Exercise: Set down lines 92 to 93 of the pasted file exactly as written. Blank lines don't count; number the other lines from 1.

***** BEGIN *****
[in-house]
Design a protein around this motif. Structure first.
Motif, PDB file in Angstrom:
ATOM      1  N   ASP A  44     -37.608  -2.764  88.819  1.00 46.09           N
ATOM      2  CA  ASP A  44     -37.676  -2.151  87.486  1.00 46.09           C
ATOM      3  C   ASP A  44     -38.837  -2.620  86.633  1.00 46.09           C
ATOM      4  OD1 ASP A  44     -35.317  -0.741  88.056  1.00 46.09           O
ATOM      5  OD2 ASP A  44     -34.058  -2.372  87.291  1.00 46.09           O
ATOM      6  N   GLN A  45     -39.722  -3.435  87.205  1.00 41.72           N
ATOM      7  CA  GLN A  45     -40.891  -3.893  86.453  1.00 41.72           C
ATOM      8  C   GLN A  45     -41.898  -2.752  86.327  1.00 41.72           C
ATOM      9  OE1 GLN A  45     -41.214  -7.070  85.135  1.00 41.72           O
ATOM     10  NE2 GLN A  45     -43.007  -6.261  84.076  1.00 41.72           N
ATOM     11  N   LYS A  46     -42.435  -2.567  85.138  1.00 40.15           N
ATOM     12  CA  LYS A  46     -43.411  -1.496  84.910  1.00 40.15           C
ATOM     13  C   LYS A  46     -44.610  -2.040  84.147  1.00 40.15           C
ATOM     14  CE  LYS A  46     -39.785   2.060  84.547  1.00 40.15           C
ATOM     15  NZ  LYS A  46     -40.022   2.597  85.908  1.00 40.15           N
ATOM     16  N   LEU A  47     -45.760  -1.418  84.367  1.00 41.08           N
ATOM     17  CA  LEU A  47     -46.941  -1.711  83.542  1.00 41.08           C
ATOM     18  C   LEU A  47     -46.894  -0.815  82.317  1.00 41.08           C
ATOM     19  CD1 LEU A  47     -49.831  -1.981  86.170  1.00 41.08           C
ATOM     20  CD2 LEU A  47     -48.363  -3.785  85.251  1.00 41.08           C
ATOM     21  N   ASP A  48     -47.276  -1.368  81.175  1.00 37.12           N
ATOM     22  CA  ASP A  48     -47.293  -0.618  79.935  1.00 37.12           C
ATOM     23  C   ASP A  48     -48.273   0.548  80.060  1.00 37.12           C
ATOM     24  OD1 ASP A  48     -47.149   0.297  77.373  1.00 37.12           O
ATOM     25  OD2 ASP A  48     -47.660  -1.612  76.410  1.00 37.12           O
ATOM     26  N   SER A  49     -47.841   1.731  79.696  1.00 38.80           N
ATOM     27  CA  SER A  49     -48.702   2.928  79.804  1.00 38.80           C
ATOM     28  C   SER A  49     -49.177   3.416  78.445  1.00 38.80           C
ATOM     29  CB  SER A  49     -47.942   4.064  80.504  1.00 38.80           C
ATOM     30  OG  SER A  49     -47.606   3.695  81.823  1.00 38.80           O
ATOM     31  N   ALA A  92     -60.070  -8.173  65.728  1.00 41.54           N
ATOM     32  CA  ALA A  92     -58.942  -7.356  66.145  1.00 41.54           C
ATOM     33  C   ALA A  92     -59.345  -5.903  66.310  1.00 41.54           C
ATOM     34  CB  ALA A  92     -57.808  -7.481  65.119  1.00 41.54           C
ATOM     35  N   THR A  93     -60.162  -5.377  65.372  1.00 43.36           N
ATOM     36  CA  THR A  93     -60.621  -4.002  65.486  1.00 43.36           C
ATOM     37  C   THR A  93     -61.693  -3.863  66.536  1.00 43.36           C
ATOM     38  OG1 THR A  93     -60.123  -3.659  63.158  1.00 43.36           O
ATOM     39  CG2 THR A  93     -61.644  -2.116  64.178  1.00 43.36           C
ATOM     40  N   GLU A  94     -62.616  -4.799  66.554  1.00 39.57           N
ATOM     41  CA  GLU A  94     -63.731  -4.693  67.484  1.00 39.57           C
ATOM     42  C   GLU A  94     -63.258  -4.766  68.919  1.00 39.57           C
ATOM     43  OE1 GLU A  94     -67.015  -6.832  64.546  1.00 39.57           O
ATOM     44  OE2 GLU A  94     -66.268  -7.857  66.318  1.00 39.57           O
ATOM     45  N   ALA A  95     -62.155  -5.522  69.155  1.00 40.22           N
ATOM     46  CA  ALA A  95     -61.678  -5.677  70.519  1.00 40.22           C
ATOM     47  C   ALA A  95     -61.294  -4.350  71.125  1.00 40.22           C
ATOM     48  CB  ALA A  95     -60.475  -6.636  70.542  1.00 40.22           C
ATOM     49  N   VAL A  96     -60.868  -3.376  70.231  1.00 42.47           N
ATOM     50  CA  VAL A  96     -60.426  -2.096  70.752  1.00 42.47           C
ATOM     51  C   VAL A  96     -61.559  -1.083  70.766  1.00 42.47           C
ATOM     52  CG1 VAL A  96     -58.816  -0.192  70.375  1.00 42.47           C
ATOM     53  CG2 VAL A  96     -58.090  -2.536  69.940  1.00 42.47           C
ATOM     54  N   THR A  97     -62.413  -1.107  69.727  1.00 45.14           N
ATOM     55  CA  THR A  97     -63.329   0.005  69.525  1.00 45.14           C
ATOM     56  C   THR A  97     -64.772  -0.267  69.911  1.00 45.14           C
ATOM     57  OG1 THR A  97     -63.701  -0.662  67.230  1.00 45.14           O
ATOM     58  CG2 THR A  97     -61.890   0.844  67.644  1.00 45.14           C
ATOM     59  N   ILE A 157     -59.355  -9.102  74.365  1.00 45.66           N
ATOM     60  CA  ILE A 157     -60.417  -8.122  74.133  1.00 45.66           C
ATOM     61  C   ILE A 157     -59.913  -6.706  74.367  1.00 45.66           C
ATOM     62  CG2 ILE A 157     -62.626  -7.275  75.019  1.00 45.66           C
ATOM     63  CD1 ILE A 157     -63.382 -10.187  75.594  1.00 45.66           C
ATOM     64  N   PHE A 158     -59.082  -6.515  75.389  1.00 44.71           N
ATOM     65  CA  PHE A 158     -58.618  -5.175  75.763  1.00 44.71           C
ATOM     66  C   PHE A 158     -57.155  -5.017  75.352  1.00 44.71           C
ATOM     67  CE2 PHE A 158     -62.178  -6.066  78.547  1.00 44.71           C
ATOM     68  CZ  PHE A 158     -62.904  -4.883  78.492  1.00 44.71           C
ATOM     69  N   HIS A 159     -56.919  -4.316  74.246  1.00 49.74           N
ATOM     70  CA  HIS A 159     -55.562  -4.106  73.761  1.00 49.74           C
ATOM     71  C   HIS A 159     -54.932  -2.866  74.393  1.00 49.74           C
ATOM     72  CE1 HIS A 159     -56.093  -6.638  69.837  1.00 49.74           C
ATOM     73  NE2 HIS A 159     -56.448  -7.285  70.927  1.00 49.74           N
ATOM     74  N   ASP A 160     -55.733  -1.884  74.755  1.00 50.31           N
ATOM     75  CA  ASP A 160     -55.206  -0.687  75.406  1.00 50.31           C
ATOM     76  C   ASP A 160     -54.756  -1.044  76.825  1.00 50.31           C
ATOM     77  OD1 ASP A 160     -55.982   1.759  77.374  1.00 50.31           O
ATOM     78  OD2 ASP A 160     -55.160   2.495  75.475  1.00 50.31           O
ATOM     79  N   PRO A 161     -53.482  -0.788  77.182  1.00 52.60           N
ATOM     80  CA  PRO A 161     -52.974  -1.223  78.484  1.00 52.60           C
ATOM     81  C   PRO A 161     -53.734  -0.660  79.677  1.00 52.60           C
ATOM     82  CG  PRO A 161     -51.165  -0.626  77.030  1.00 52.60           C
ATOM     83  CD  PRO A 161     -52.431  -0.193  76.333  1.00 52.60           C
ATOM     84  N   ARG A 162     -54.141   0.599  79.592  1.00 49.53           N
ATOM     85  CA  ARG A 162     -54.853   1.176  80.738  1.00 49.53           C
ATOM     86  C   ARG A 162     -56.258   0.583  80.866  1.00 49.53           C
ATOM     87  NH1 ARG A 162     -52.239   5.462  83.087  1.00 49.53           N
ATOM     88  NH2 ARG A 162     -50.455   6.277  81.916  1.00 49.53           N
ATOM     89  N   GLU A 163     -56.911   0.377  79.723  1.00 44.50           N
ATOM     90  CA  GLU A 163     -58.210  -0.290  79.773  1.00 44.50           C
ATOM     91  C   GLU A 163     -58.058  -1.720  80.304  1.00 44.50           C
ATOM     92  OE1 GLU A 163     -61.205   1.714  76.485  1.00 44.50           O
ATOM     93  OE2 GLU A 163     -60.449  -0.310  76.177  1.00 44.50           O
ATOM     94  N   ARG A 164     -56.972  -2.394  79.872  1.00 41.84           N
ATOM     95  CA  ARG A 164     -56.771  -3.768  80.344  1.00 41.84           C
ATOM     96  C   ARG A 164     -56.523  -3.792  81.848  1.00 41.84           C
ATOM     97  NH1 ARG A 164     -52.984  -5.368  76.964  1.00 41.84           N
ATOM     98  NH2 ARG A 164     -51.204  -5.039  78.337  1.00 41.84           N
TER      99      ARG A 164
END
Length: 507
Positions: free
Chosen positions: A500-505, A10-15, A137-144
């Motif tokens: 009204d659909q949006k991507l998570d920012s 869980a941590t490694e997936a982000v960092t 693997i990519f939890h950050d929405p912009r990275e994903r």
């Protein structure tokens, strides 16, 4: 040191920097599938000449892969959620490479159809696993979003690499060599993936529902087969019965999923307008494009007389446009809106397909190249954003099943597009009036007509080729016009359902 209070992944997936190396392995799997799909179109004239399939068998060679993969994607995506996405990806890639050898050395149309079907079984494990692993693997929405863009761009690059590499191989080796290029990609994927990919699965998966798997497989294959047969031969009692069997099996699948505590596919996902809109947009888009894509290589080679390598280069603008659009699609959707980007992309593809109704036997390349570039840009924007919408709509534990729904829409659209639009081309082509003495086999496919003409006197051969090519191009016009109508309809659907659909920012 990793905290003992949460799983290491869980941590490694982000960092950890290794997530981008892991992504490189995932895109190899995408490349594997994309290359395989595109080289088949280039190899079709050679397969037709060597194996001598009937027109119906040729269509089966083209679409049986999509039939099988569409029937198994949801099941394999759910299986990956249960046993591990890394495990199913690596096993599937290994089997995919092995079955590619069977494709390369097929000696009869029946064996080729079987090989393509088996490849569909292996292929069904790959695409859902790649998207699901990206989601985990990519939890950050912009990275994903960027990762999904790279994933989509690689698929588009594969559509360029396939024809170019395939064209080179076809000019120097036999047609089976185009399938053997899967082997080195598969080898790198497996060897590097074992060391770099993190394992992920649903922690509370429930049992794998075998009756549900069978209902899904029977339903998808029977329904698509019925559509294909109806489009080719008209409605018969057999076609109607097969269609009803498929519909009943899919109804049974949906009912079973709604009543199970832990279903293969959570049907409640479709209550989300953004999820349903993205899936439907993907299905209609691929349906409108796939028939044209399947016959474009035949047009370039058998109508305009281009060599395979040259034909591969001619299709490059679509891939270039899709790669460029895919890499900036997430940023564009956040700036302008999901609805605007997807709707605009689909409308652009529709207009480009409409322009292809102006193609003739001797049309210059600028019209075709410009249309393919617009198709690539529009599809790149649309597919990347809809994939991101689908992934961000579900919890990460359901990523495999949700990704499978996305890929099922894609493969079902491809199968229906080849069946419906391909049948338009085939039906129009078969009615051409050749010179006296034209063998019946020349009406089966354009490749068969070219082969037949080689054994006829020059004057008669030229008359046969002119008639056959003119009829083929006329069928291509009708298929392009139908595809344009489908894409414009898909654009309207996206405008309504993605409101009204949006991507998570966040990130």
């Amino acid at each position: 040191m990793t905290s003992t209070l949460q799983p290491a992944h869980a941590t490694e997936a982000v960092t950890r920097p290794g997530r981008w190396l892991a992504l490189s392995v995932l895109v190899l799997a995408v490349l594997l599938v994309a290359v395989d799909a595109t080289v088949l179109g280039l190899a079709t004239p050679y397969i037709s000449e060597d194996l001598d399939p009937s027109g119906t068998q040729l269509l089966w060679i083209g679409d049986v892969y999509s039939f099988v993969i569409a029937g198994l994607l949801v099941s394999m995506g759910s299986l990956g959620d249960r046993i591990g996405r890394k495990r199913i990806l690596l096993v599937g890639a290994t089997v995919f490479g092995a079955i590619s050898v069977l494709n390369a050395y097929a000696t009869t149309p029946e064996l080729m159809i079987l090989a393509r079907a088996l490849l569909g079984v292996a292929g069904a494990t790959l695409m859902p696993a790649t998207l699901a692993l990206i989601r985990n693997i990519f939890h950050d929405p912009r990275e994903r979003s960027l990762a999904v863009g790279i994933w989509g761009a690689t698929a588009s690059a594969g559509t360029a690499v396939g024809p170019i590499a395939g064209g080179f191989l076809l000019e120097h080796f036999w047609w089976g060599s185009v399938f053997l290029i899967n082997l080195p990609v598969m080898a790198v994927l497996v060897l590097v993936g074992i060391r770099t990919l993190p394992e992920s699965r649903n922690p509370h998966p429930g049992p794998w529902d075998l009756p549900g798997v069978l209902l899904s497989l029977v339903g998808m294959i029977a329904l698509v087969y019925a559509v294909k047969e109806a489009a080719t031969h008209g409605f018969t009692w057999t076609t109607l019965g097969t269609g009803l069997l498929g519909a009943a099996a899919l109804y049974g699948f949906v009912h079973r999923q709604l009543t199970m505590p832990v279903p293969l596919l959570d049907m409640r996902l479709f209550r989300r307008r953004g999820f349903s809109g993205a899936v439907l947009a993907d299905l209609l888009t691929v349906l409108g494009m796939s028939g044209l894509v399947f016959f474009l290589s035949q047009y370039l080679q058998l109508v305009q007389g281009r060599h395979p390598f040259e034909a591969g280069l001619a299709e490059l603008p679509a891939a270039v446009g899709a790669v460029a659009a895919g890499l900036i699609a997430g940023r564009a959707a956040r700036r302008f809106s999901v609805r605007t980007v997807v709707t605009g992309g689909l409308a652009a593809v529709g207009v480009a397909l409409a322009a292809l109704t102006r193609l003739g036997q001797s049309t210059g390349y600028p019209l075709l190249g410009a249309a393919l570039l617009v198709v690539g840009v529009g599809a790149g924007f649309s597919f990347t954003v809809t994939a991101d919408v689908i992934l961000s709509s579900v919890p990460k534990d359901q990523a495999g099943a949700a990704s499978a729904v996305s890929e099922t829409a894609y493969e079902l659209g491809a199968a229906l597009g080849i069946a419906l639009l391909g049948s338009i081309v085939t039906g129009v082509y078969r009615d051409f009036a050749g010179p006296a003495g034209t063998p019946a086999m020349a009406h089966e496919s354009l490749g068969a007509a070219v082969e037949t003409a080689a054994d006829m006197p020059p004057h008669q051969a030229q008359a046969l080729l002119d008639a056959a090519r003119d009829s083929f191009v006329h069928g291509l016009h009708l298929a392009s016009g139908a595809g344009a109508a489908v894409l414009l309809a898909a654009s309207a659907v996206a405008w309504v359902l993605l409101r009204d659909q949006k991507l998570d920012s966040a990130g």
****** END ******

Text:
ATOM     89  N   GLU A 163     -56.911   0.377  79.723  1.00 44.50           N
ATOM     90  CA  GLU A 163     -58.210  -0.290  79.773  1.00 44.50           C